Jack: The album seems to be quite emotional and sad. What are the main concepts of the album?
Joseph: We had the idea of an old man lost at sea, fighting mythical creatures and endlessly searching. When we write riffs and parts to songs we often personify how heavy or maybe the flow of the sound is, in a joking stoner manner. I would say the songs started to take shape, then our imaginative ramblings took over and we created this epic story of grandpa sorrow. But lyrically Shane just says random words and sentences, the majority is utter nonsense. However I dare say a small portion of the personifications are woven in and out of the album.
Jack: The album cover doesn’t seem like a metal band album cover, what was behind the choice of the album cover?
Joseph: Having the name William English does not give too much away about our sound. When we turn up to shows the way we dress and act also does not give anything away. We liked this reaction and consciously chose a beautiful photo to continue this. I work with the guy that took the photos and he said we could just use some of his old photos for free. He gave us a load of sea0related photos to choose from and we whittled them down to the 3 we thought best suited the lost at sea story.
Jack: Your album was released on Grandad Records. How is it being signed to them?
Joseph: I am Grandad Records. Around the time A Horse Called War got together I was working full-time and still living with my mum. So when it came time for this amazing band made up of my best friends to record their first EP, I lent them £100 to press and release it. I had no intention of starting a label. Then when William English released the first EP back in 2010, I ended up paying for the majority of the pressing as I had more money and I was way more interested in pushing the band further than any of the members at that time. Then when it came to release the Three Thrones split and no label was interested in helping us pressing, I just said fuck it. I might as well put a label name and logo on it to make it look more professional, and likewise with the album. I sent the unmastered version out to so many labels with no luck it was disheartening. GDR will help friends’ bands were possible, but by no means would I consider it being anymore than that. I lose enough money as a musician as it is.
Three Thrones/William English
Jack: Earlier this year you released a split with Three Thrones, what do you like about this band?
Joseph: Top lads, such a laugh, and totally on the same wavelength creatively as us. I could happily watch them play a set any day of the week. The split was a very long time in the making and at times I think we all felt it might never happen. I’m glad we went through that journey with them boys, and I look forward to over-indulging on pizza with them again.
Jack: The split came out before the album. Were the songs released made for the split or were they originally from the album?
Joseph: They were for the split. The album was still a twinkle in our eyes when we recorded them.
Jack: Would you be open to more splits in the future?
Joseph: 100% yes. The whole process of releasing music is so long. Now the album is out we plan on releasing a few splits to reduce the turn around time. We have written two songs and asked a few bands if they would be interested in future splits. Still early stages but the wheels are in motion.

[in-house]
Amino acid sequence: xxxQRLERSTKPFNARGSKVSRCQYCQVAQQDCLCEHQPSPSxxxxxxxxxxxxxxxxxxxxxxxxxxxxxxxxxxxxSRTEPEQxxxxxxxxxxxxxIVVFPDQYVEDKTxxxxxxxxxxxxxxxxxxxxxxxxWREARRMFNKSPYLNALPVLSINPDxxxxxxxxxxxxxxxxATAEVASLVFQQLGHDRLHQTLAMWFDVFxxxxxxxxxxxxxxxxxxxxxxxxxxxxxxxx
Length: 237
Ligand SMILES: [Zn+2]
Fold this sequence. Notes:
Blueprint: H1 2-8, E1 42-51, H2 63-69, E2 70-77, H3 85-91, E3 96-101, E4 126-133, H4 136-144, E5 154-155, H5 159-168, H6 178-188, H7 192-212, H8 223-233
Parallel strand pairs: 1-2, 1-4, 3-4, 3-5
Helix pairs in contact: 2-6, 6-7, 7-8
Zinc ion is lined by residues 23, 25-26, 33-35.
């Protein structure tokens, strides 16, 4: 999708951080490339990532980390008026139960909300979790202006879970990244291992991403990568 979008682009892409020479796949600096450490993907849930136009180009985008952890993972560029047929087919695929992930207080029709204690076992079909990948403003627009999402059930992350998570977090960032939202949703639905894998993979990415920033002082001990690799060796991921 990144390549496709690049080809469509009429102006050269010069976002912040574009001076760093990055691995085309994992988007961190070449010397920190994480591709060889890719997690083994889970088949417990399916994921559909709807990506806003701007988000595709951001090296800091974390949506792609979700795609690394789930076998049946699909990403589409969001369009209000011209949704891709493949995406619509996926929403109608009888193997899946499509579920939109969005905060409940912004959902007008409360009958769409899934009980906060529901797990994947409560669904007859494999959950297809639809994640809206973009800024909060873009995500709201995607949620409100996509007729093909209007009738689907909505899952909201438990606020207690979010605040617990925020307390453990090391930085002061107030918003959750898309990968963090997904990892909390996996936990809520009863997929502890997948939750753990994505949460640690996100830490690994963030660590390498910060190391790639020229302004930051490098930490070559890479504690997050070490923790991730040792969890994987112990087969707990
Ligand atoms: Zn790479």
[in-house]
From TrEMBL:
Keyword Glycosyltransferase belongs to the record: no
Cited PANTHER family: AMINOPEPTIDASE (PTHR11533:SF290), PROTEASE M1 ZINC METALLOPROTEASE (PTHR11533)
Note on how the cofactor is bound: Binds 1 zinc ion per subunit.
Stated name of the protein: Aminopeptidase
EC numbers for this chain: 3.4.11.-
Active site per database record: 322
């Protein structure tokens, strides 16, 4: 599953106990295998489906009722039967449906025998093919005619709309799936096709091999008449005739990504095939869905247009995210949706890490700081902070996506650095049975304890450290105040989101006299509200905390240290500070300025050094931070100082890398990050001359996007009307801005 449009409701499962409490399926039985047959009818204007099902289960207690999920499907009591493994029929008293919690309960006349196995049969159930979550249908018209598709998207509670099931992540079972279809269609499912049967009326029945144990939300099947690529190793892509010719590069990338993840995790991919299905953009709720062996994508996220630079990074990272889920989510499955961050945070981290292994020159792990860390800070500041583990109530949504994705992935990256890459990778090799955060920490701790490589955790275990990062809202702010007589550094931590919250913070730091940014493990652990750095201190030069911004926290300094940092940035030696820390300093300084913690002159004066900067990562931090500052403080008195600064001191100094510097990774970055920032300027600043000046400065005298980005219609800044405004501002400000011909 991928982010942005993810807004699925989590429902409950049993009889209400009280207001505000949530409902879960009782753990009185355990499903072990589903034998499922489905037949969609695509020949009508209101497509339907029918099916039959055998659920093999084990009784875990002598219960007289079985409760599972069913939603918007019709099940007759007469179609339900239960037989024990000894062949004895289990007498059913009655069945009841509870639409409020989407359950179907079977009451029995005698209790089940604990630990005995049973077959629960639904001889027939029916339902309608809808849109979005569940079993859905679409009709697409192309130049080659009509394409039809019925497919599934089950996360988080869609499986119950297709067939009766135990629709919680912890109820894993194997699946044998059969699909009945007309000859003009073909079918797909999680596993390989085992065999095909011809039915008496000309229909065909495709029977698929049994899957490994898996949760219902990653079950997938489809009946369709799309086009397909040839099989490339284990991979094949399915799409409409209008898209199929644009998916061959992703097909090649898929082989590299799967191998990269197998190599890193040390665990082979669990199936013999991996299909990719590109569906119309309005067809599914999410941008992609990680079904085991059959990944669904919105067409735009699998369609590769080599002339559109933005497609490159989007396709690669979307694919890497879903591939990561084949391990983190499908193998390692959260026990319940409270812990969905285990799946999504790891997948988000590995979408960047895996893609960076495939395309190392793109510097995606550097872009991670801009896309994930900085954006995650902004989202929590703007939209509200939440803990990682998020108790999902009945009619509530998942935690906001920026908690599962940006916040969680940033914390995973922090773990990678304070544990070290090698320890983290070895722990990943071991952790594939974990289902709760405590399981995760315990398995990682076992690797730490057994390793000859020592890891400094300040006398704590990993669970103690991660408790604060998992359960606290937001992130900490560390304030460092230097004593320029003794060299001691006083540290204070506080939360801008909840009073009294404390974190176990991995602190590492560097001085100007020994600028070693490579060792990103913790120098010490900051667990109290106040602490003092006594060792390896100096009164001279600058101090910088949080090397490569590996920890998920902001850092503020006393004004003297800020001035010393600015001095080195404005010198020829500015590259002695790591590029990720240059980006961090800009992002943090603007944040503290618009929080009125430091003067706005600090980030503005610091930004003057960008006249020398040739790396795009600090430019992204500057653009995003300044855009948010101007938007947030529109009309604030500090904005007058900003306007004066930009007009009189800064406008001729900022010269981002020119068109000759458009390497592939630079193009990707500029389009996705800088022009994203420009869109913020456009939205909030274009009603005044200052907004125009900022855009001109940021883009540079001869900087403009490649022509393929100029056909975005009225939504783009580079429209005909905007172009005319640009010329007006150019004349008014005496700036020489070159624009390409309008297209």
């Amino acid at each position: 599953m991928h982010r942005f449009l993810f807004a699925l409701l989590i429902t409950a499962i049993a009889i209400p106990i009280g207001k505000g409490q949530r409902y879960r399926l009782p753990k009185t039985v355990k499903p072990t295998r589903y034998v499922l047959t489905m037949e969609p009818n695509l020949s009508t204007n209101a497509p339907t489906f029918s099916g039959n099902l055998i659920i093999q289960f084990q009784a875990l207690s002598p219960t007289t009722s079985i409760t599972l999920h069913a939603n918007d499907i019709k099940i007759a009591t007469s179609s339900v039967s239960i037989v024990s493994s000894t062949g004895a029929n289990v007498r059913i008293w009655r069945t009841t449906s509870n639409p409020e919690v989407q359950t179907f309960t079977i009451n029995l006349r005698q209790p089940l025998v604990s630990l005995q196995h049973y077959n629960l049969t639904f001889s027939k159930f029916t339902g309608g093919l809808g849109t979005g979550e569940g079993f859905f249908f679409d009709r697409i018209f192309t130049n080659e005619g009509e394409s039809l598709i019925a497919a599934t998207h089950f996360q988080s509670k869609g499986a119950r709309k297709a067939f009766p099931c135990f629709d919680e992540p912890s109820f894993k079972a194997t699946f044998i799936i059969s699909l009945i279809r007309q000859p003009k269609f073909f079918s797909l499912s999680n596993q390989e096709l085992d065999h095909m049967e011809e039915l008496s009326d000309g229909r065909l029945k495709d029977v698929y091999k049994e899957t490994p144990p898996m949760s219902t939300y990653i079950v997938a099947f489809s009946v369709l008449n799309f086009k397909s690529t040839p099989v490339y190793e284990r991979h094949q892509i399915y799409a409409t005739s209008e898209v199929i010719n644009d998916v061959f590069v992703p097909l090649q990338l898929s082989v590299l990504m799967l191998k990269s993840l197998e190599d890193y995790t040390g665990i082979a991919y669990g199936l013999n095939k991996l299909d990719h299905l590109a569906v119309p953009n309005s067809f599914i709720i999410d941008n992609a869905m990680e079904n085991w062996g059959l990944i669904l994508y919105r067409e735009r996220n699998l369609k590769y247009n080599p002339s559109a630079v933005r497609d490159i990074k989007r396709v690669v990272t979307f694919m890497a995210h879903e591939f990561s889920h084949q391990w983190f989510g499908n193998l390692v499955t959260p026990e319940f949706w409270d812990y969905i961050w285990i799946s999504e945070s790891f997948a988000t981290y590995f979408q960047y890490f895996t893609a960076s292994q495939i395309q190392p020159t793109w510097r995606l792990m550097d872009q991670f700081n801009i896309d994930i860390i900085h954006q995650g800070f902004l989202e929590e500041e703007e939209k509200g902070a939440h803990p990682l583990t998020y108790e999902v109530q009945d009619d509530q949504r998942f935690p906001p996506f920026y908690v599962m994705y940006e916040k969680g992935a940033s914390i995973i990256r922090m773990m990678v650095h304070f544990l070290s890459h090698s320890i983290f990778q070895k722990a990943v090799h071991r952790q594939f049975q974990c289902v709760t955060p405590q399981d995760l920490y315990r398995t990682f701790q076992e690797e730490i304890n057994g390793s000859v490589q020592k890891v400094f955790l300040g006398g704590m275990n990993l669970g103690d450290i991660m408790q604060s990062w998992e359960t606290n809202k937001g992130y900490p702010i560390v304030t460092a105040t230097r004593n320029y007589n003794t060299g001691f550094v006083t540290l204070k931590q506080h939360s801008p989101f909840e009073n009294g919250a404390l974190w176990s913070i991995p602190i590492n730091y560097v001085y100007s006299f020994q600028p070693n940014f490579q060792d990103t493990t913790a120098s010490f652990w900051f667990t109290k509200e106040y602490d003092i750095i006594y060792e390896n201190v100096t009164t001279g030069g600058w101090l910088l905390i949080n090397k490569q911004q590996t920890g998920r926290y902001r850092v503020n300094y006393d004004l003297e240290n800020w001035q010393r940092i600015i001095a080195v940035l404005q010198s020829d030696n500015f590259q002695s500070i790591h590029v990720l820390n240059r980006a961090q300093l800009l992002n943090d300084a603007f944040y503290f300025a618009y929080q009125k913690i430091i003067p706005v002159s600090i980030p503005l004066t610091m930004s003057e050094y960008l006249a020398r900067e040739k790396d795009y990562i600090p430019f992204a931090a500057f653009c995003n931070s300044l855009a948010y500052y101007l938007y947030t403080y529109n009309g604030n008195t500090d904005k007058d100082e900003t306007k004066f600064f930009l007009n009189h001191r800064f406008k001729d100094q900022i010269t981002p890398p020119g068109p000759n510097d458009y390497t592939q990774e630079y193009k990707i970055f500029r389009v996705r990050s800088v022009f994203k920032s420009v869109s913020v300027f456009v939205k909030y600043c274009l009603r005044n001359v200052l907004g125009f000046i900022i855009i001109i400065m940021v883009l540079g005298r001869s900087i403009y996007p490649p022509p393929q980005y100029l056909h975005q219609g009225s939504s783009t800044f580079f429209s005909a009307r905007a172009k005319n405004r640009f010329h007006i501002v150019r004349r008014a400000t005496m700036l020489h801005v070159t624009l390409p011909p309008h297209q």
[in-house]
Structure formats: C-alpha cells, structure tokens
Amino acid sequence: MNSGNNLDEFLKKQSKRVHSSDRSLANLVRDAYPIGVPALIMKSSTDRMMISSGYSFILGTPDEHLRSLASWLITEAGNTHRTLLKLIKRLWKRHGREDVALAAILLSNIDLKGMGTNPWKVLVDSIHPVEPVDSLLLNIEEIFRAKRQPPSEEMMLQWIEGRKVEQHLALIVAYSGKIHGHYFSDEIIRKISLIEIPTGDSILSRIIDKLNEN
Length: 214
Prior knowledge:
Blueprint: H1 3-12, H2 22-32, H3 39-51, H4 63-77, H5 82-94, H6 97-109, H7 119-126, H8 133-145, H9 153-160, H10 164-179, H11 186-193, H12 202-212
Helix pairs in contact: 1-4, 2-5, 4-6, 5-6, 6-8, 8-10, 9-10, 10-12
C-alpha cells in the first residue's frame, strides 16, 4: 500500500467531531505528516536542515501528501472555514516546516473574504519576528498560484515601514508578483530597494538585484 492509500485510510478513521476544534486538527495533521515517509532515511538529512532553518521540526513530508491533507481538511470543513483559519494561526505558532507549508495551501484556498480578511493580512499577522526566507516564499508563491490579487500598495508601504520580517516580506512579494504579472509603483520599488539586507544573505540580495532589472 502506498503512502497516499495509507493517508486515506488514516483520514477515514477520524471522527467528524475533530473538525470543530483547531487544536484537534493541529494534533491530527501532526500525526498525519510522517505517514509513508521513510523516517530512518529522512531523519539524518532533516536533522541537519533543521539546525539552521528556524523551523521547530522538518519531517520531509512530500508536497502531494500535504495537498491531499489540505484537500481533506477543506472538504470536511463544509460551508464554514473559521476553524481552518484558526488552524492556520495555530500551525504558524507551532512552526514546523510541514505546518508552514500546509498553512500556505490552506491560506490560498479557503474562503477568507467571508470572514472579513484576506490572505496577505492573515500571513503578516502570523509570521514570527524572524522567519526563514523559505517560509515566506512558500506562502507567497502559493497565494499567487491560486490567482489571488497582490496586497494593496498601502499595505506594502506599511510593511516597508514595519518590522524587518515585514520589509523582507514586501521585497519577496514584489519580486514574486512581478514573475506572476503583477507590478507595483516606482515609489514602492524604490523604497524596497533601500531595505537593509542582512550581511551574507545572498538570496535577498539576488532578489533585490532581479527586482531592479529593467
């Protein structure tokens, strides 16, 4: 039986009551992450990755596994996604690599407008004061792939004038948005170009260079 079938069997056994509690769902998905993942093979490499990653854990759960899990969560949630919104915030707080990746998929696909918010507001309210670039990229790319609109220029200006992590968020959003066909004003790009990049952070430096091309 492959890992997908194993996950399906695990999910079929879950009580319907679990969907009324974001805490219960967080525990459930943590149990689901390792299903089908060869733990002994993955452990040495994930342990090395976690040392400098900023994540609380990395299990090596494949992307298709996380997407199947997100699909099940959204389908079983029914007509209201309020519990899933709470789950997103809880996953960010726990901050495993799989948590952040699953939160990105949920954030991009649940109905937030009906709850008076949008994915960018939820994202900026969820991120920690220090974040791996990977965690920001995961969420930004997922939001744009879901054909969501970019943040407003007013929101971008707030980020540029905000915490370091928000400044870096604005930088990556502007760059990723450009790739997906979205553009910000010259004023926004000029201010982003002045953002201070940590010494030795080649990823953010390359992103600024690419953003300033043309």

Jack: You’re supporting Sloath in London in September, are you looking forward to this show?
Joseph: Very much so. We don’t play as many shows as we would like. The majority of the band members have kids and we all work full-time. When we do get to play it is a big day out for us all and always a great laugh.
William English Sloath
Jack: How did it feel to be featured in Terrorizer?
Joseph: It is a different feeling to what I thought. Growing up I never had the internet at home till a late age, and most of my introduction to music was magazines. I subscribe to all the well-known mags and read them for years. Always striving to one day be in the pages. Then you grow up and and make an absolutely amazing album and in order for it to get a mention in these magazines, I have to pay. I have to make the album, then pay someone to write whether or not they like it. Yes, it is good to be printed on paper and it was a satisfying moment standing at the till in WHSmith with the copy in my hand. But to put all that effort into writing an album with many different sounds, then for someone to write that it just sounds like Iron Monkey or EHG, to me is just lazy.
Jack: What can we expect from the future of band?
Joseph: We are just really good friends who enjoy hanging out and pushing ourselves musically. We practice almost every weekend and I imagine we will for a long time. We will continue to release good music and play what shows we can. Put us on more shows!
Jack: Finally, what is the best Pantera album?
Joseph: I can’t speak on behalf of anyone else but for me it’s Reinventing The Steel. Every album they made was monstrously amazing but for me Reinventing just gets the blood pumping.

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About Jack (874 Articles)
I am a recent graduate from the University of Essex in Colchester where by the luck of Odin I met the editor, Dom. I first got into metal when I was 13 and now I am 22 and own an uncountable amount of band T-shirts. I also regularly attend gigs (local and in neighbouring areas) as well as festivals. My musical taste is varied; I like nu metal (my first love), thrash, black, death, doom, folk, sludge (my favourite genre), symphonic and many more of the multiple genres that metal has to offer, I even like some metalcore (I know it's a dirty word within some metal circles but some of it is outstanding). One of my most memorable metal moments was meeting Grand Magus at the Bloodstock signing tent and having the whole tent to myself, spending a few minutes talking to them.